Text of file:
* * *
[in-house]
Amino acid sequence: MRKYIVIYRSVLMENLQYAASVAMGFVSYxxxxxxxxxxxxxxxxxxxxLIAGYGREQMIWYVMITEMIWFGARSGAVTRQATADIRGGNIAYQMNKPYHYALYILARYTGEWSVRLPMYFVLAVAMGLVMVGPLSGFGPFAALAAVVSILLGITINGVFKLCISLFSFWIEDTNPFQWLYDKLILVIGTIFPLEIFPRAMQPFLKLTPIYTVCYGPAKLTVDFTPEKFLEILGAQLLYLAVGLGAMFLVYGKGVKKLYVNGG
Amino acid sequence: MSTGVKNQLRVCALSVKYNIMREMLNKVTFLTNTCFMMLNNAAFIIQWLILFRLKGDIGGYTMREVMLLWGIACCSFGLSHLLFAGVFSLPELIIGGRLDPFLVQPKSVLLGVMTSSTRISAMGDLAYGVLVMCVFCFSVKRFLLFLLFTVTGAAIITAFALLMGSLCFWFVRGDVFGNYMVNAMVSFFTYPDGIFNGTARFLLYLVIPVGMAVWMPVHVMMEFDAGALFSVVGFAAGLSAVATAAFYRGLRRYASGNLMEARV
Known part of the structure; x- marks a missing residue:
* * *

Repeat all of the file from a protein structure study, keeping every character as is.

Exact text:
[in-house]
Amino acid sequence: MRKYIVIYRSVLMENLQYAASVAMGFVSYxxxxxxxxxxxxxxxxxxxxLIAGYGREQMIWYVMITEMIWFGARSGAVTRQATADIRGGNIAYQMNKPYHYALYILARYTGEWSVRLPMYFVLAVAMGLVMVGPLSGFGPFAALAAVVSILLGITINGVFKLCISLFSFWIEDTNPFQWLYDKLILVIGTIFPLEIFPRAMQPFLKLTPIYTVCYGPAKLTVDFTPEKFLEILGAQLLYLAVGLGAMFLVYGKGVKKLYVNGG
Amino acid sequence: MSTGVKNQLRVCALSVKYNIMREMLNKVTFLTNTCFMMLNNAAFIIQWLILFRLKGDIGGYTMREVMLLWGIACCSFGLSHLLFAGVFSLPELIIGGRLDPFLVQPKSVLLGVMTSSTRISAMGDLAYGVLVMCVFCFSVKRFLLFLLFTVTGAAIITAFALLMGSLCFWFVRGDVFGNYMVNAMVSFFTYPDGIFNGTARFLLYLVIPVGMAVWMPVHVMMEFDAGALFSVVGFAAGLSAVATAAFYRGLRRYASGNLMEARV
Known part of the structure; x- marks a missing residue: